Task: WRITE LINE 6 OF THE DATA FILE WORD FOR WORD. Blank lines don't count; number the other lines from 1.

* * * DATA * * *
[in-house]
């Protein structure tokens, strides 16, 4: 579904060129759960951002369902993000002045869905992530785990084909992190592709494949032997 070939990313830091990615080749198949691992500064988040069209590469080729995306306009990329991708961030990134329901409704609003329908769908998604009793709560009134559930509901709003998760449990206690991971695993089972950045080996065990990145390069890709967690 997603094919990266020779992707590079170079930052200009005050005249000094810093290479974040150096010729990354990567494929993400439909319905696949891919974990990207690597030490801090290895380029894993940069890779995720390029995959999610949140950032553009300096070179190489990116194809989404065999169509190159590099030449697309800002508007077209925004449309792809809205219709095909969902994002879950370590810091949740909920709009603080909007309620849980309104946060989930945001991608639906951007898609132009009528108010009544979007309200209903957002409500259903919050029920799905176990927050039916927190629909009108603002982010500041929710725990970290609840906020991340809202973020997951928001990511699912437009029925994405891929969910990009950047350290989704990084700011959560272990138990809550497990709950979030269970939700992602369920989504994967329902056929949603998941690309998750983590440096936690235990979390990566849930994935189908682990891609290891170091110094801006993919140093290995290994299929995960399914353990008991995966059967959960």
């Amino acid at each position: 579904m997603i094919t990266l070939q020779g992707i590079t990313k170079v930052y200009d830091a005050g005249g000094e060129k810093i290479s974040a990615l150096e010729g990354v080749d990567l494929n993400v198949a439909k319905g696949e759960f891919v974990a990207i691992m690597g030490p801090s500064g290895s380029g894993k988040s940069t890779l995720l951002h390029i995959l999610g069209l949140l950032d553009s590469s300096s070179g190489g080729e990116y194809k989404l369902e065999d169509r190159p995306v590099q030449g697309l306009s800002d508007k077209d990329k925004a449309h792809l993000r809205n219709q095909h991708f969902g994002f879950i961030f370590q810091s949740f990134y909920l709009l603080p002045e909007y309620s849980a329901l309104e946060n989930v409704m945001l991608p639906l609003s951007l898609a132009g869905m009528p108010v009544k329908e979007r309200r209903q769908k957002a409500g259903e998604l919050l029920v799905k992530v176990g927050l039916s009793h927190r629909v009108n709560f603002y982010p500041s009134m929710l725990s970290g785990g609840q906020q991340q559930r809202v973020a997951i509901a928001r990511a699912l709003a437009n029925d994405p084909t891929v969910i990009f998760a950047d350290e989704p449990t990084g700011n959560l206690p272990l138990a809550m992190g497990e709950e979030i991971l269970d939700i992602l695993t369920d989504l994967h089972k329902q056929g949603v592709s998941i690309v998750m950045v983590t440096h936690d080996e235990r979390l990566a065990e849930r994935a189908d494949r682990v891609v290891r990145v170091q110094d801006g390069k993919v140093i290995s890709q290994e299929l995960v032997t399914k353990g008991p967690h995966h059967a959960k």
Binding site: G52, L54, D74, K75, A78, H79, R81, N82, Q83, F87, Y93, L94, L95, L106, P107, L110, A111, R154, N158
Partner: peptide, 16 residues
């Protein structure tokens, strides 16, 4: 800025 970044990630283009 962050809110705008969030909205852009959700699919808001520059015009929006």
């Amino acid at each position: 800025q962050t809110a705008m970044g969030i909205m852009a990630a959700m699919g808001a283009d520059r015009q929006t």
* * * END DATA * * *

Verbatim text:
């Protein structure tokens, strides 16, 4: 800025 970044990630283009 962050809110705008969030909205852009959700699919808001520059015009929006």